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John Taylor and John F. Cogan write, in a Wall Street Journal op-ed titled “The Obama Stimulus Impact? Zero”:
So where did ARRA’s state and local grant money go? While some of it increased transfer payments to individuals in the form of welfare and Medicaid, the major part was simply used to reduce borrowing. As ARRA grants increased, net borrowing by state and local governments decreased. In the third quarter of 2010, for example, state and local governments received $132 billion in stimulus grants at an annual rate. In that quarter they borrowed $136 billion less at an annualized rate than they had in the fourth quarter of 2008, even though their revenues from all other sources were only $76 billion higher.
The bottom-line is the federal government borrowed funds from the public, transferred these funds to state and local governments, who then used the funds mainly to reduce borrowing from the public. The net impact on aggregate economic activity is zero, regardless of the magnitude of the government purchases multiplier.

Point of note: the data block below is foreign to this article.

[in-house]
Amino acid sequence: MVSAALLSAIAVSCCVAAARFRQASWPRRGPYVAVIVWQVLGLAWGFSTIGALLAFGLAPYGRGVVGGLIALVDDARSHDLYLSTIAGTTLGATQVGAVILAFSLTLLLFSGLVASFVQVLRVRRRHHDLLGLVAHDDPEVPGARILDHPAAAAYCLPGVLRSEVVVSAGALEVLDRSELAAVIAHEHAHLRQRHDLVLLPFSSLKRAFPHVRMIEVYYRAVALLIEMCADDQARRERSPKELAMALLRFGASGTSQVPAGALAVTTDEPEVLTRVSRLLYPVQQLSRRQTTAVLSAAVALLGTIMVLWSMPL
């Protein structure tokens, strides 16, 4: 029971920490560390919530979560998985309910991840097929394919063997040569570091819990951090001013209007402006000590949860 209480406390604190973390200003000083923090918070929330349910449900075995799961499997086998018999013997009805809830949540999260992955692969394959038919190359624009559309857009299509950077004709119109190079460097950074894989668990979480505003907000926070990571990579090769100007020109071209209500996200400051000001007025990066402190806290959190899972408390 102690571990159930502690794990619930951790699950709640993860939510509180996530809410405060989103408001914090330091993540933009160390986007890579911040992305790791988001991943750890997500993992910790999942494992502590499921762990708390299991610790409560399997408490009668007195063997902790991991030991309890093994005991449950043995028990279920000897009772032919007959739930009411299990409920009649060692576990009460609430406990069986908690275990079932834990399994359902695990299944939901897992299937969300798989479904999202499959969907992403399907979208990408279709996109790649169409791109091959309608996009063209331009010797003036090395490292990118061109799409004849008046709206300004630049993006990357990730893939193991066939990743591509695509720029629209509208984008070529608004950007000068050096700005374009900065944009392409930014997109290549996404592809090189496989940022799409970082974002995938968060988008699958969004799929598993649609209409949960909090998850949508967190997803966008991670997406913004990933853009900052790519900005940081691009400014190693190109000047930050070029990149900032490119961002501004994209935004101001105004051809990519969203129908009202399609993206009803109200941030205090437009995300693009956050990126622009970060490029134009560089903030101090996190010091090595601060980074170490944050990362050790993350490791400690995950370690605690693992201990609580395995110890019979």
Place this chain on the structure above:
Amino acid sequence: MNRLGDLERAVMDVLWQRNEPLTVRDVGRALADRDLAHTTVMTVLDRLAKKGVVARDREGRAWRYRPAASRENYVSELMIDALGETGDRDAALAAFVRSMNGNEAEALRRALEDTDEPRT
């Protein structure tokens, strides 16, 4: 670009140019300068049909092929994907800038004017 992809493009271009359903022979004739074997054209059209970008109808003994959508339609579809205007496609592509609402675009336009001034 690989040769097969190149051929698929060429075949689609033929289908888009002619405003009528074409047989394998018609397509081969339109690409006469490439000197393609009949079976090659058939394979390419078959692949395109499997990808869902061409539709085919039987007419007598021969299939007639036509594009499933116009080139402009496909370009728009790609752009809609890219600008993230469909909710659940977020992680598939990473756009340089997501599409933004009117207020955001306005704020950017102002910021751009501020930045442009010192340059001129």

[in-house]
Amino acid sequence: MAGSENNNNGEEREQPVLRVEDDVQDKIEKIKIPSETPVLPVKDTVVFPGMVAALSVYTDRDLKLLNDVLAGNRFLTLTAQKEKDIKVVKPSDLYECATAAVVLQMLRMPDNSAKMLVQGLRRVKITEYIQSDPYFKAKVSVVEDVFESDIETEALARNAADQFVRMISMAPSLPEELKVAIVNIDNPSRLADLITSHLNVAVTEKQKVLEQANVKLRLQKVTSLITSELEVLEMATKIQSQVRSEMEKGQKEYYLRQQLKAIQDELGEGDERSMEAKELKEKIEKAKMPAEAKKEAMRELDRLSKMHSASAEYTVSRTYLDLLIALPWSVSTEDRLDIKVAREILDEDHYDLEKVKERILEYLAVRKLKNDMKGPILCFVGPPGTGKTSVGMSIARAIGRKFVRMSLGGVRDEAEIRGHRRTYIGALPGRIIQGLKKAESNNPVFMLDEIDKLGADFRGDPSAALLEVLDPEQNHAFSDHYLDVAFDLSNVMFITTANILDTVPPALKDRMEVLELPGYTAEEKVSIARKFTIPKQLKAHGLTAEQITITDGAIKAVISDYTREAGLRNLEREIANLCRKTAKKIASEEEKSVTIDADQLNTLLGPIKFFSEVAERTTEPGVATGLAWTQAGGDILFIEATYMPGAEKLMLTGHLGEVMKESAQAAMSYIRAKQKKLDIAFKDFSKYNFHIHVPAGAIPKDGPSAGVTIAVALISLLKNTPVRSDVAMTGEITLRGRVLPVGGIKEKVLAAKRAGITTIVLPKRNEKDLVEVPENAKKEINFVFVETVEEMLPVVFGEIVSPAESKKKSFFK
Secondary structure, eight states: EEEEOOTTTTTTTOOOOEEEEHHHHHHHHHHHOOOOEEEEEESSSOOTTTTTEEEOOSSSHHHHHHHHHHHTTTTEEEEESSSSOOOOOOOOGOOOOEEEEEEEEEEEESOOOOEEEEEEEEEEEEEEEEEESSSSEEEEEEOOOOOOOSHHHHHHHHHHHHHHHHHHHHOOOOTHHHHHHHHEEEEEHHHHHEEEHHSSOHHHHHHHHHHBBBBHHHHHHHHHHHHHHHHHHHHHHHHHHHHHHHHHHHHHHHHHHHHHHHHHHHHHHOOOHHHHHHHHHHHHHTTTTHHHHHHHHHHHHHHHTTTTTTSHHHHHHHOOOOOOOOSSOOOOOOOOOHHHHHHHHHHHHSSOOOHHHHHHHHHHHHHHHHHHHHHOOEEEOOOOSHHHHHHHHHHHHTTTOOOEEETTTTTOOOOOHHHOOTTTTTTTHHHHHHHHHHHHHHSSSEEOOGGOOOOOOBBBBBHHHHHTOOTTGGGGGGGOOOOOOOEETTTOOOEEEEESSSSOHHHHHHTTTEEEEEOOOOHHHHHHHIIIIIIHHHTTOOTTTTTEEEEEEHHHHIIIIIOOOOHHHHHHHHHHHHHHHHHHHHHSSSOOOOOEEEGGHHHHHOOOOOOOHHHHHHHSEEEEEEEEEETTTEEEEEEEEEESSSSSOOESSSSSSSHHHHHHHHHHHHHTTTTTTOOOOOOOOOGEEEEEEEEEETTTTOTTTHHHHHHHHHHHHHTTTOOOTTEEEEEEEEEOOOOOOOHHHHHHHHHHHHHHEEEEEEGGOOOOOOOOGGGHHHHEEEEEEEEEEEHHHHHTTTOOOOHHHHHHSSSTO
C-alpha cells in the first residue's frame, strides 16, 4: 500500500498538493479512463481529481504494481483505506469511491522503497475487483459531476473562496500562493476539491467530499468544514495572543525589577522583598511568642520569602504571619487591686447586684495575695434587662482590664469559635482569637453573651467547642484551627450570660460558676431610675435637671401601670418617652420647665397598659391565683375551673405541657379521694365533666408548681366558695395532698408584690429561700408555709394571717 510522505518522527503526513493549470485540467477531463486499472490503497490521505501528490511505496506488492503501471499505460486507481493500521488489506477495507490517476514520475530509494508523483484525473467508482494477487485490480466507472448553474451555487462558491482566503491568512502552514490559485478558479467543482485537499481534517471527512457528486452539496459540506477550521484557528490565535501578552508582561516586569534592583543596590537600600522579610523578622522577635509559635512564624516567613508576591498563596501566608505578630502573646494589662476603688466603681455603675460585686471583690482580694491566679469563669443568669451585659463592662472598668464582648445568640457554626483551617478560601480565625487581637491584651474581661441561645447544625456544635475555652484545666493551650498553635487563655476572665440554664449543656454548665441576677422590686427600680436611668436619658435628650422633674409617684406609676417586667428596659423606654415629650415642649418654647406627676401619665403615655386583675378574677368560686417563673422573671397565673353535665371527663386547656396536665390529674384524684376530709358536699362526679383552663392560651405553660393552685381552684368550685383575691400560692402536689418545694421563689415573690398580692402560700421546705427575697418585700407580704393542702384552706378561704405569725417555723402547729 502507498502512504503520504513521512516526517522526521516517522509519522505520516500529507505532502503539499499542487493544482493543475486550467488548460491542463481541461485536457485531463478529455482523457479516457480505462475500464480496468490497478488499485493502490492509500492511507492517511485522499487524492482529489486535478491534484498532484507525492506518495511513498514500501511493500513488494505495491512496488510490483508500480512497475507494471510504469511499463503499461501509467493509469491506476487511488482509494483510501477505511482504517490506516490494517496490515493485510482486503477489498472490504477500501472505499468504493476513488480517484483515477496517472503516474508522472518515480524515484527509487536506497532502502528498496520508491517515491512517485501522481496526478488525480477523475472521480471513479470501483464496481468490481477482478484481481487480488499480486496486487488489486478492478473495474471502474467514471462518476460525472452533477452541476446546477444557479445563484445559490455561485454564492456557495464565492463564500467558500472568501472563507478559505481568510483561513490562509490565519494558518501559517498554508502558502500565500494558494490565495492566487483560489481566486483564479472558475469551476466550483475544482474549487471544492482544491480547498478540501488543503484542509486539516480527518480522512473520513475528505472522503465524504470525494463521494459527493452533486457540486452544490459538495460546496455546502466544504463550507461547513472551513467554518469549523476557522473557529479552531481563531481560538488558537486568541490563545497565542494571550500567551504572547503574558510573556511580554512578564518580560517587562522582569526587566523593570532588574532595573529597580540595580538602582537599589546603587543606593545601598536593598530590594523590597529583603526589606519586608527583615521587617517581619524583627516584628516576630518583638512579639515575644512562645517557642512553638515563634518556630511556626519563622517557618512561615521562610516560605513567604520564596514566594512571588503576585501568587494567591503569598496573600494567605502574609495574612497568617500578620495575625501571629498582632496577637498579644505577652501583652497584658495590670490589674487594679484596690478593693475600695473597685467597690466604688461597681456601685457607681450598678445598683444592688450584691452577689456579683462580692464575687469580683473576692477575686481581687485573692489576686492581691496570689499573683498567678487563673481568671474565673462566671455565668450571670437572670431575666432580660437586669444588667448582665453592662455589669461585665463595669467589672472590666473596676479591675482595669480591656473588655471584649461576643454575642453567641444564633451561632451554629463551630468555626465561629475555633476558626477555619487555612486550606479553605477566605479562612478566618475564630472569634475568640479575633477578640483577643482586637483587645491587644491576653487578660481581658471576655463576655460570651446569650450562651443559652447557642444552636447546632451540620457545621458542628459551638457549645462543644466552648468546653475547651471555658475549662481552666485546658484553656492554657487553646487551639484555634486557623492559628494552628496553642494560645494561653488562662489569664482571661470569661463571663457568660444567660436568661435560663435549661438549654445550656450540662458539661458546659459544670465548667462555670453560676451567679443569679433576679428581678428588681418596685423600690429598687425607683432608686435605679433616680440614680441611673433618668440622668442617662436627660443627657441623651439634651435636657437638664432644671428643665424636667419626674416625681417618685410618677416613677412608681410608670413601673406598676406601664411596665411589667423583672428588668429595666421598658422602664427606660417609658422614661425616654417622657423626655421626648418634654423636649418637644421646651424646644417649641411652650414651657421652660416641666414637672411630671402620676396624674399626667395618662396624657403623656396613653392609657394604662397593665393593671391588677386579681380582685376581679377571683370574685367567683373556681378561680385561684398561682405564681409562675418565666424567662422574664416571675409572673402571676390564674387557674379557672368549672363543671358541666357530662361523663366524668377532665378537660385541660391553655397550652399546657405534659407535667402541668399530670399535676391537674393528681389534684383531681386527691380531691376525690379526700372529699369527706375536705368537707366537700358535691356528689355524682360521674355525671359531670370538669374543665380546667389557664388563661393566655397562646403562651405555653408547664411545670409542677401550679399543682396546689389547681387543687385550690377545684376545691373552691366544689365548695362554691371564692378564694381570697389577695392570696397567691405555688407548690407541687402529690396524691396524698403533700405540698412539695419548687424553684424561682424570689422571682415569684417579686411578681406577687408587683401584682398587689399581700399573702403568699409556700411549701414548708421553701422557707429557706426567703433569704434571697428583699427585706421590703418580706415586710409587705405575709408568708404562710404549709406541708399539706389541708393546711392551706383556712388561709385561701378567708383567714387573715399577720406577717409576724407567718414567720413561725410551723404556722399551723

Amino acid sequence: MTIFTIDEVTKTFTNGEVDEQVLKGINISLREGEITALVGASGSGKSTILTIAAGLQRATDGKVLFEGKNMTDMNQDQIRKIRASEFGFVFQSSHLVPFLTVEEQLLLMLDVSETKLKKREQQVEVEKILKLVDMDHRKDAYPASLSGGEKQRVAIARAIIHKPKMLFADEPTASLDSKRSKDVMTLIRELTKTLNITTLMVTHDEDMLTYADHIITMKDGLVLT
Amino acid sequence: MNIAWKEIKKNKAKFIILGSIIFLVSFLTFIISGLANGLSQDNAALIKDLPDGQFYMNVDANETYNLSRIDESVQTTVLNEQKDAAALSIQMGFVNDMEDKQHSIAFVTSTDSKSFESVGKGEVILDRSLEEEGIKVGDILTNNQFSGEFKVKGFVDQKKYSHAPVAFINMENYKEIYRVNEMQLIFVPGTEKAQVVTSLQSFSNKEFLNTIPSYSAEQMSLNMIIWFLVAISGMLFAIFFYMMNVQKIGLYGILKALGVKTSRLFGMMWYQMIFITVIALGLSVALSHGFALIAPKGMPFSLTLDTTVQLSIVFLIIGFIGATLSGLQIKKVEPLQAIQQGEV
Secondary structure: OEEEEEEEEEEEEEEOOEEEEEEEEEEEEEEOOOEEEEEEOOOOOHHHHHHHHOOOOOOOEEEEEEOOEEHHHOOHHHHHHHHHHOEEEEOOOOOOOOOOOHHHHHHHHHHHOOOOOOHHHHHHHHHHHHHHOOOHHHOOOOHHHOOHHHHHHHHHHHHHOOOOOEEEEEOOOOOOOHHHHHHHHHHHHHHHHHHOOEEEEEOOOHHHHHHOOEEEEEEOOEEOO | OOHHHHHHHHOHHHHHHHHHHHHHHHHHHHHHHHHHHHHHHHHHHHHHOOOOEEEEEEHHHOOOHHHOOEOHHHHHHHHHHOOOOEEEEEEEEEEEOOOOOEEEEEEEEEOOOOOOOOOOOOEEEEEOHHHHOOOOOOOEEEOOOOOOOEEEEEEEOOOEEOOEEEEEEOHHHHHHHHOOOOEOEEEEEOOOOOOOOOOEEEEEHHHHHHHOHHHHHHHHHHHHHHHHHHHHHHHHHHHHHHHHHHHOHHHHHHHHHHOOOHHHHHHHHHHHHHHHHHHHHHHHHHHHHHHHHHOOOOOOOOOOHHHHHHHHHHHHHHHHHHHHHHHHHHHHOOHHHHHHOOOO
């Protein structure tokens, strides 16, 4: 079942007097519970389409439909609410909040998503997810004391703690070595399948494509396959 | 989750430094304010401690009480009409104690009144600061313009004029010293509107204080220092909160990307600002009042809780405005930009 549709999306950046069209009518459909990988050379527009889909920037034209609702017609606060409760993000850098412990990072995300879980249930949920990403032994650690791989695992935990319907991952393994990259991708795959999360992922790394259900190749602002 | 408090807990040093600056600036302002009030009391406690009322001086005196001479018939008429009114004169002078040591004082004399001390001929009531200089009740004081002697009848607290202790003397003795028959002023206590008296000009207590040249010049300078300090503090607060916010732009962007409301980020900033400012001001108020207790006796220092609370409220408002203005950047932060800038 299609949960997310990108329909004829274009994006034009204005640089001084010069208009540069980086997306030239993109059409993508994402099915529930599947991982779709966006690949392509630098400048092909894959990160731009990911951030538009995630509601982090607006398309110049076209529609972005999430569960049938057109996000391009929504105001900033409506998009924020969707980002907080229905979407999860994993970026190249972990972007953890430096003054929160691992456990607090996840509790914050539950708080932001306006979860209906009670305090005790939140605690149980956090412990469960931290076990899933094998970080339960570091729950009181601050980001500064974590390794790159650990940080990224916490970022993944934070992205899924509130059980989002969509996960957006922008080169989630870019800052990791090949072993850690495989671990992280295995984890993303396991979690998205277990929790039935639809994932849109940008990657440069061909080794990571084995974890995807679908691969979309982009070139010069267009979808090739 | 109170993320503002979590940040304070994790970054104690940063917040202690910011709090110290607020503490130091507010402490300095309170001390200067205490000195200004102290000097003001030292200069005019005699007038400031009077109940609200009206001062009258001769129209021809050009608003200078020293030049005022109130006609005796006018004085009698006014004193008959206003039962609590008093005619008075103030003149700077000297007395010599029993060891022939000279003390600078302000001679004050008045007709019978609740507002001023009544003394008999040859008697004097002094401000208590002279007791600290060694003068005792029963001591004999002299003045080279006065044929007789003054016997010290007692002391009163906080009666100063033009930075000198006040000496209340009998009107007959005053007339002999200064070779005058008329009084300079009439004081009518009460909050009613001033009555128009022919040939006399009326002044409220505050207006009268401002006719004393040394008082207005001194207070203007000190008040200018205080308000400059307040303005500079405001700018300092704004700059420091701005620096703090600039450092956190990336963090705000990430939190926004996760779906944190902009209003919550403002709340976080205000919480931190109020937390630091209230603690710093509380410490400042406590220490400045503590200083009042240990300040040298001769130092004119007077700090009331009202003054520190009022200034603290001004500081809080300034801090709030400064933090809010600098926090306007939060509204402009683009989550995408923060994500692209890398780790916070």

In other ways the article almost seems to be an argument for more stimulus, because the authors are saying that there hasn’t been an overall uptick in spending. On the question of transfers to the states, though, Taylor and Cogan are casting doubt on one of the administration’s most frequently repeated arguments on the stimulus and the top Bush tax cut — that tax cuts for earners in the highest bracket are stimulative because they will be used for saving, and not spending. Yet now it seems that the same is true for transfers to state and local governments: they used the stimulus funds to replace debt, not initiate new spending.
So will Democrats now regard transfers to state and local governments as poor stimulus? Doubtful — state and local workers lean heavily Democratic, after all.
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